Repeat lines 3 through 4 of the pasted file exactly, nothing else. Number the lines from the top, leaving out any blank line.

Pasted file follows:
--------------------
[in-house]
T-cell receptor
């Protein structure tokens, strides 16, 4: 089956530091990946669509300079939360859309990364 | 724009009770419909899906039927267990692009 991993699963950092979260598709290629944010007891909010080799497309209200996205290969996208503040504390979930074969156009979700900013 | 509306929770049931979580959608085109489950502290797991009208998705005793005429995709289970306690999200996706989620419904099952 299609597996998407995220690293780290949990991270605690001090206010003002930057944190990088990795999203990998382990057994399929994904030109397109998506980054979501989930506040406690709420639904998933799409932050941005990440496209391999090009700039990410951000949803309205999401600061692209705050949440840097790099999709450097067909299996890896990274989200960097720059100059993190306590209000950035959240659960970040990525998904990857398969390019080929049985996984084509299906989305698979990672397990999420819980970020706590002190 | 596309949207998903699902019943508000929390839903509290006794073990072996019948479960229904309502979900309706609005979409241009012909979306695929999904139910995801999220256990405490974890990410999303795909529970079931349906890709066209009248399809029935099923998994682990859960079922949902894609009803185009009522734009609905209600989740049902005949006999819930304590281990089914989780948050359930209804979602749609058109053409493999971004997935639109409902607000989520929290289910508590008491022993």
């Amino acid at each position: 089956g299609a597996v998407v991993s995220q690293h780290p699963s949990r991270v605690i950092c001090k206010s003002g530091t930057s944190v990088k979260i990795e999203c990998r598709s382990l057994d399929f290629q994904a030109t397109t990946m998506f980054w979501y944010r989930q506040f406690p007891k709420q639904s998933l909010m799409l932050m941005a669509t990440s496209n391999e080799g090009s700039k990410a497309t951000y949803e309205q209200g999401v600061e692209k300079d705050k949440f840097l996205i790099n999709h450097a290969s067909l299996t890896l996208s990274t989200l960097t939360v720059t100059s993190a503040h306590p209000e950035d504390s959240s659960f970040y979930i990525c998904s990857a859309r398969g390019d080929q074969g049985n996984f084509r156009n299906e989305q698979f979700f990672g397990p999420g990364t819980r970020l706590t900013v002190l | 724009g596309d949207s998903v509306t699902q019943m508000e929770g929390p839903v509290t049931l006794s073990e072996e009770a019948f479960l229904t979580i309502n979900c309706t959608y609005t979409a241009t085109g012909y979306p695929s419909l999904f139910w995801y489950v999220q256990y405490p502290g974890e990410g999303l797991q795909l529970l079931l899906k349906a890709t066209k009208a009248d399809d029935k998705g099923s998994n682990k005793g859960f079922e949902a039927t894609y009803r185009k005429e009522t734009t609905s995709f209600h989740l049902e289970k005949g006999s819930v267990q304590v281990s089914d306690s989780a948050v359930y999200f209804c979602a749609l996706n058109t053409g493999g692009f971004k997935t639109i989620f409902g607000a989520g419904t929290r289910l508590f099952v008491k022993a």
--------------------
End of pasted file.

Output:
């Protein structure tokens, strides 16, 4: 089956530091990946669509300079939360859309990364 | 724009009770419909899906039927267990692009 991993699963950092979260598709290629944010007891909010080799497309209200996205290969996208503040504390979930074969156009979700900013 | 509306929770049931979580959608085109489950502290797991009208998705005793005429995709289970306690999200996706989620419904099952 299609597996998407995220690293780290949990991270605690001090206010003002930057944190990088990795999203990998382990057994399929994904030109397109998506980054979501989930506040406690709420639904998933799409932050941005990440496209391999090009700039990410951000949803309205999401600061692209705050949440840097790099999709450097067909299996890896990274989200960097720059100059993190306590209000950035959240659960970040990525998904990857398969390019080929049985996984084509299906989305698979990672397990999420819980970020706590002190 | 596309949207998903699902019943508000929390839903509290006794073990072996019948479960229904309502979900309706609005979409241009012909979306695929999904139910995801999220256990405490974890990410999303795909529970079931349906890709066209009248399809029935099923998994682990859960079922949902894609009803185009009522734009609905209600989740049902005949006999819930304590281990089914989780948050359930209804979602749609058109053409493999971004997935639109409902607000989520929290289910508590008491022993």
């Amino acid at each position: 089956g299609a597996v998407v991993s995220q690293h780290p699963s949990r991270v605690i950092c001090k206010s003002g530091t930057s944190v990088k979260i990795e999203c990998r598709s382990l057994d399929f290629q994904a030109t397109t990946m998506f980054w979501y944010r989930q506040f406690p007891k709420q639904s998933l909010m799409l932050m941005a669509t990440s496209n391999e080799g090009s700039k990410a497309t951000y949803e309205q209200g999401v600061e692209k300079d705050k949440f840097l996205i790099n999709h450097a290969s067909l299996t890896l996208s990274t989200l960097t939360v720059t100059s993190a503040h306590p209000e950035d504390s959240s659960f970040y979930i990525c998904s990857a859309r398969g390019d080929q074969g049985n996984f084509r156009n299906e989305q698979f979700f990672g397990p999420g990364t819980r970020l706590t900013v002190l | 724009g596309d949207s998903v509306t699902q019943m508000e929770g929390p839903v509290t049931l006794s073990e072996e009770a019948f479960l229904t979580i309502n979900c309706t959608y609005t979409a241009t085109g012909y979306p695929s419909l999904f139910w995801y489950v999220q256990y405490p502290g974890e990410g999303l797991q795909l529970l079931l899906k349906a890709t066209k009208a009248d399809d029935k998705g099923s998994n682990k005793g859960f079922e949902a039927t894609y009803r185009k005429e009522t734009t609905s995709f209600h989740l049902e289970k005949g006999s819930v267990q304590v281990s089914d306690s989780a948050v359930y999200f209804c979602a749609l996706n058109t053409g493999g692009f971004k997935t639109i989620f409902g607000a989520g419904t929290r289910l508590f099952v008491k022993a």